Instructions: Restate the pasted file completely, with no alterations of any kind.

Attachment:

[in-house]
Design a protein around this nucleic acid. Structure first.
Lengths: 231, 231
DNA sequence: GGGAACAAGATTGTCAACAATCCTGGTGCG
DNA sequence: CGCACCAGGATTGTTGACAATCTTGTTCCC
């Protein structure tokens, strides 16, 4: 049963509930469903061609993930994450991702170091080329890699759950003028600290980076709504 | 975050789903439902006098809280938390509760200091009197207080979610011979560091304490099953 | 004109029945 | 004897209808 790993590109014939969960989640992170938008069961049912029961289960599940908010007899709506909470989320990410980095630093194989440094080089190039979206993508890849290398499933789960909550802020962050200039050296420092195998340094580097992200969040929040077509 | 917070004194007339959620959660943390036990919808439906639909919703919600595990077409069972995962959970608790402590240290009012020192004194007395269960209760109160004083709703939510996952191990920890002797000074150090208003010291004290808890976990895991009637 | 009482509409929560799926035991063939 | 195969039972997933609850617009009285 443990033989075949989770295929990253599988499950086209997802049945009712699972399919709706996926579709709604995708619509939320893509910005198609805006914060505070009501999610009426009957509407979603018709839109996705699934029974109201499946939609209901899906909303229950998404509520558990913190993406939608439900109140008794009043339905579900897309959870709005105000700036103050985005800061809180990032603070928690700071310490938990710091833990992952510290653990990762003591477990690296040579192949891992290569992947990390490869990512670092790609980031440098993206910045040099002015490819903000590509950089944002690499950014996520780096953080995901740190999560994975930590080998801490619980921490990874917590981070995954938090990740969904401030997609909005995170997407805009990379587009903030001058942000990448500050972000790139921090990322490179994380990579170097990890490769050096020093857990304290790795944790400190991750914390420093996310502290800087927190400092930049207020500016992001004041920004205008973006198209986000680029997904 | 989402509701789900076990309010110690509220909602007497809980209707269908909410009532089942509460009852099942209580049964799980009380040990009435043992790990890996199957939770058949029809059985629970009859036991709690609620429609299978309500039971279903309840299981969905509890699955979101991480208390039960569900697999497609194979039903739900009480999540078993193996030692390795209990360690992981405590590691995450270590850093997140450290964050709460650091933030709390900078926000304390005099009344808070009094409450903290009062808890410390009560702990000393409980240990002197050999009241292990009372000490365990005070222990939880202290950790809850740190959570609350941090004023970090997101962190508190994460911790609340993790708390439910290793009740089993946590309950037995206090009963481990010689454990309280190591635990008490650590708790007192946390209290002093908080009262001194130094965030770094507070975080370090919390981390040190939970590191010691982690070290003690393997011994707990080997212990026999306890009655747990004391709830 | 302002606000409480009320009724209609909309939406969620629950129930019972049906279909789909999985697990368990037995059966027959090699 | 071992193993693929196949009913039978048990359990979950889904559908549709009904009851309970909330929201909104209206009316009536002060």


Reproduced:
[in-house]
Design a protein around this nucleic acid. Structure first.
Lengths: 231, 231
DNA sequence: GGGAACAAGATTGTCAACAATCCTGGTGCG
DNA sequence: CGCACCAGGATTGTTGACAATCTTGTTCCC
């Protein structure tokens, strides 16, 4: 049963509930469903061609993930994450991702170091080329890699759950003028600290980076709504 | 975050789903439902006098809280938390509760200091009197207080979610011979560091304490099953 | 004109029945 | 004897209808 790993590109014939969960989640992170938008069961049912029961289960599940908010007899709506909470989320990410980095630093194989440094080089190039979206993508890849290398499933789960909550802020962050200039050296420092195998340094580097992200969040929040077509 | 917070004194007339959620959660943390036990919808439906639909919703919600595990077409069972995962959970608790402590240290009012020192004194007395269960209760109160004083709703939510996952191990920890002797000074150090208003010291004290808890976990895991009637 | 009482509409929560799926035991063939 | 195969039972997933609850617009009285 443990033989075949989770295929990253599988499950086209997802049945009712699972399919709706996926579709709604995708619509939320893509910005198609805006914060505070009501999610009426009957509407979603018709839109996705699934029974109201499946939609209901899906909303229950998404509520558990913190993406939608439900109140008794009043339905579900897309959870709005105000700036103050985005800061809180990032603070928690700071310490938990710091833990992952510290653990990762003591477990690296040579192949891992290569992947990390490869990512670092790609980031440098993206910045040099002015490819903000590509950089944002690499950014996520780096953080995901740190999560994975930590080998801490619980921490990874917590981070995954938090990740969904401030997609909005995170997407805009990379587009903030001058942000990448500050972000790139921090990322490179994380990579170097990890490769050096020093857990304290790795944790400190991750914390420093996310502290800087927190400092930049207020500016992001004041920004205008973006198209986000680029997904 | 989402509701789900076990309010110690509220909602007497809980209707269908909410009532089942509460009852099942209580049964799980009380040990009435043992790990890996199957939770058949029809059985629970009859036991709690609620429609299978309500039971279903309840299981969905509890699955979101991480208390039960569900697999497609194979039903739900009480999540078993193996030692390795209990360690992981405590590691995450270590850093997140450290964050709460650091933030709390900078926000304390005099009344808070009094409450903290009062808890410390009560702990000393409980240990002197050999009241292990009372000490365990005070222990939880202290950790809850740190959570609350941090004023970090997101962190508190994460911790609340993790708390439910290793009740089993946590309950037995206090009963481990010689454990309280190591635990008490650590708790007192946390209290002093908080009262001194130094965030770094507070975080370090919390981390040190939970590191010691982690070290003690393997011994707990080997212990026999306890009655747990004391709830 | 302002606000409480009320009724209609909309939406969620629950129930019972049906279909789909999985697990368990037995059966027959090699 | 071992193993693929196949009913039978048990359990979950889904559908549709009904009851309970909330929201909104209206009316009536002060």